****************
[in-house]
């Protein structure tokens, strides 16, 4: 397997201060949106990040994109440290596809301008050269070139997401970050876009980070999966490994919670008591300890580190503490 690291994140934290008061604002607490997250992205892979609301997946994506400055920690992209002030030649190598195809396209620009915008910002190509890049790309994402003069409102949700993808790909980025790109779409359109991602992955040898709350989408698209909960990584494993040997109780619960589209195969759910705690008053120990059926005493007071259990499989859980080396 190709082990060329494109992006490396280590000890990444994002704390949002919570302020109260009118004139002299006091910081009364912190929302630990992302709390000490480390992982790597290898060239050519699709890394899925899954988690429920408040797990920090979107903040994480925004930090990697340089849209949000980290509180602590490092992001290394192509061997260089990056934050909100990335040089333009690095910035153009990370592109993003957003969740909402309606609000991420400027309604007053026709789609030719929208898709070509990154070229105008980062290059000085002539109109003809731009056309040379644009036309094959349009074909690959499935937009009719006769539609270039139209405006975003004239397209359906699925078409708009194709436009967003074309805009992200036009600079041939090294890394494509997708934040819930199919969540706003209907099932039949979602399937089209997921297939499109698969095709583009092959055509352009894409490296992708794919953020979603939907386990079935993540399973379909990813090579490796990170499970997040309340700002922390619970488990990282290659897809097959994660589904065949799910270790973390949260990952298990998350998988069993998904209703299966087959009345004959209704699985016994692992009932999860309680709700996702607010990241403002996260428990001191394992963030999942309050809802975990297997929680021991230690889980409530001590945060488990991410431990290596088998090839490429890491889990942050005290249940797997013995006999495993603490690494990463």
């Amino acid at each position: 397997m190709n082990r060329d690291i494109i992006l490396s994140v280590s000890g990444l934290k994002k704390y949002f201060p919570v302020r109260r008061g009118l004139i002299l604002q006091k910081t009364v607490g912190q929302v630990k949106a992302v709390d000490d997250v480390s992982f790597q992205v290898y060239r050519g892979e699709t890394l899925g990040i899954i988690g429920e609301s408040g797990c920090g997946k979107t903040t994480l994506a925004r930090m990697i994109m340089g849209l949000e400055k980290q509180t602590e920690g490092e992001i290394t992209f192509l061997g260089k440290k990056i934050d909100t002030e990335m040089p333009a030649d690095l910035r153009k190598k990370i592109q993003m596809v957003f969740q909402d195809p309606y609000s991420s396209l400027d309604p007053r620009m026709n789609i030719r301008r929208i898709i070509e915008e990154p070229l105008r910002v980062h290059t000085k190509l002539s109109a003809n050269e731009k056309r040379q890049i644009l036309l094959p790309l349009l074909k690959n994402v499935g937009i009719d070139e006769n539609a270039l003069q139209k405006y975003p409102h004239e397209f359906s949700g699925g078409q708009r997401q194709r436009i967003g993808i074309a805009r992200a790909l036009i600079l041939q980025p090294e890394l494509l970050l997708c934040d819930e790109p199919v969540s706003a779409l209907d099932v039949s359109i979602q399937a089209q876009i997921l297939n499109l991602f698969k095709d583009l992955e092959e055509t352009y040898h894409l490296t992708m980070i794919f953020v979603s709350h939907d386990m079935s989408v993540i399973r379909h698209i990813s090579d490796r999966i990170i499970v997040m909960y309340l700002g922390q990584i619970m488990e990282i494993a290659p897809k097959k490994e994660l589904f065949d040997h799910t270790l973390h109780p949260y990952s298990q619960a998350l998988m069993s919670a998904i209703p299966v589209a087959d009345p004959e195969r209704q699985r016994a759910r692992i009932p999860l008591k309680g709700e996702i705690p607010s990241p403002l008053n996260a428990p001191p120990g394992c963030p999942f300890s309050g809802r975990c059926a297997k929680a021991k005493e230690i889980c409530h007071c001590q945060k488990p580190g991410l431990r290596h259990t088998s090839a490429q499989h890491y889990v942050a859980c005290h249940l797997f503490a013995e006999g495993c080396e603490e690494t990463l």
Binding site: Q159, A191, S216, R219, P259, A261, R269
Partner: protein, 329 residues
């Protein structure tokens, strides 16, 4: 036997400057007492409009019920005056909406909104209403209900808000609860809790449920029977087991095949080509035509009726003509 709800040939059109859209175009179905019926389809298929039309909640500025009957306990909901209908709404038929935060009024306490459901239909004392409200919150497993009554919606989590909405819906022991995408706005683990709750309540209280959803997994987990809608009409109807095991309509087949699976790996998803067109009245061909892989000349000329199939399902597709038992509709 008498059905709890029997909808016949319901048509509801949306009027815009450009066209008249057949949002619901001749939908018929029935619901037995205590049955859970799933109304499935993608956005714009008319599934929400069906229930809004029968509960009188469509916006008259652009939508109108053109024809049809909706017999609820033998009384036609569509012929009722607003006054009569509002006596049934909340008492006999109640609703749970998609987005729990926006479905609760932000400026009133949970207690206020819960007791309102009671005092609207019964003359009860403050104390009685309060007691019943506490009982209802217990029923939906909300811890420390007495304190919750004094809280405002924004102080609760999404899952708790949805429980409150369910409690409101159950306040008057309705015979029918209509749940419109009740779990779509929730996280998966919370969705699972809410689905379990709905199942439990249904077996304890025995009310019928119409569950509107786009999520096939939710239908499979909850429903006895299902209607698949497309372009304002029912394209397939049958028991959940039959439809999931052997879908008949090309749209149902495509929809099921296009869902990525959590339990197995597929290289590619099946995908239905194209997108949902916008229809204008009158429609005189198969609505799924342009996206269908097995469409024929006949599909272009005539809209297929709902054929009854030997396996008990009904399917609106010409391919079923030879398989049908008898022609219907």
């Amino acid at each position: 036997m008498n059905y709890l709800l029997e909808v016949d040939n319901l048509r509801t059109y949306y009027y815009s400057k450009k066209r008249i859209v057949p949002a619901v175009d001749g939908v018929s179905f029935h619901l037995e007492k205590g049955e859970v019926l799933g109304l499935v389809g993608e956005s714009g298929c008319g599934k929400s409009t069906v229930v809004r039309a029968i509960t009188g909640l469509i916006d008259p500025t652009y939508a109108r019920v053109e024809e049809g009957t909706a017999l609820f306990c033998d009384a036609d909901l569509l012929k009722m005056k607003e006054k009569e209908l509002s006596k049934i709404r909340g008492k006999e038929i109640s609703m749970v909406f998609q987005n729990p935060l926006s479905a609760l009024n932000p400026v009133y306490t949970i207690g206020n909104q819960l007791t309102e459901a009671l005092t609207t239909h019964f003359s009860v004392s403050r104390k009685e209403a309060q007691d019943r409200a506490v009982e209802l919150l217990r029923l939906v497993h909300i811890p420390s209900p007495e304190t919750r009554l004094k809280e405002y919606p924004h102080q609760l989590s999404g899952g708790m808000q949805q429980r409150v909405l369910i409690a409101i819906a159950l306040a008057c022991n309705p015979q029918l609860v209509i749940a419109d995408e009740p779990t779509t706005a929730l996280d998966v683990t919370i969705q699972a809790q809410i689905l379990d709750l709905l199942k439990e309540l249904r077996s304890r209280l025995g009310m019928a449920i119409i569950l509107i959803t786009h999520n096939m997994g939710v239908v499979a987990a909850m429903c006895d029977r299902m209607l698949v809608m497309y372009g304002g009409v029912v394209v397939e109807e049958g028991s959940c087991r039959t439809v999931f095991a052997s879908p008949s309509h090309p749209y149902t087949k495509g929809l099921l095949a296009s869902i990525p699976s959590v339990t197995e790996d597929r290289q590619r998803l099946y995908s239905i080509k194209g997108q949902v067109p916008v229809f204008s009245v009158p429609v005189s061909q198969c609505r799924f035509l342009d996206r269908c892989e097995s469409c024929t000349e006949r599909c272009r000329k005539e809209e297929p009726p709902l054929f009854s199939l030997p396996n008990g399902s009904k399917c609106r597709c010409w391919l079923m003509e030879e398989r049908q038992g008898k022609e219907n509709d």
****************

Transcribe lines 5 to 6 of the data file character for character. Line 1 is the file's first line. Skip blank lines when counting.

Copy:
Partner: protein, 329 residues
């Protein structure tokens, strides 16, 4: 036997400057007492409009019920005056909406909104209403209900808000609860809790449920029977087991095949080509035509009726003509 709800040939059109859209175009179905019926389809298929039309909640500025009957306990909901209908709404038929935060009024306490459901239909004392409200919150497993009554919606989590909405819906022991995408706005683990709750309540209280959803997994987990809608009409109807095991309509087949699976790996998803067109009245061909892989000349000329199939399902597709038992509709 008498059905709890029997909808016949319901048509509801949306009027815009450009066209008249057949949002619901001749939908018929029935619901037995205590049955859970799933109304499935993608956005714009008319599934929400069906229930809004029968509960009188469509916006008259652009939508109108053109024809049809909706017999609820033998009384036609569509012929009722607003006054009569509002006596049934909340008492006999109640609703749970998609987005729990926006479905609760932000400026009133949970207690206020819960007791309102009671005092609207019964003359009860403050104390009685309060007691019943506490009982209802217990029923939906909300811890420390007495304190919750004094809280405002924004102080609760999404899952708790949805429980409150369910409690409101159950306040008057309705015979029918209509749940419109009740779990779509929730996280998966919370969705699972809410689905379990709905199942439990249904077996304890025995009310019928119409569950509107786009999520096939939710239908499979909850429903006895299902209607698949497309372009304002029912394209397939049958028991959940039959439809999931052997879908008949090309749209149902495509929809099921296009869902990525959590339990197995597929290289590619099946995908239905194209997108949902916008229809204008009158429609005189198969609505799924342009996206269908097995469409024929006949599909272009005539809209297929709902054929009854030997396996008990009904399917609106010409391919079923030879398989049908008898022609219907």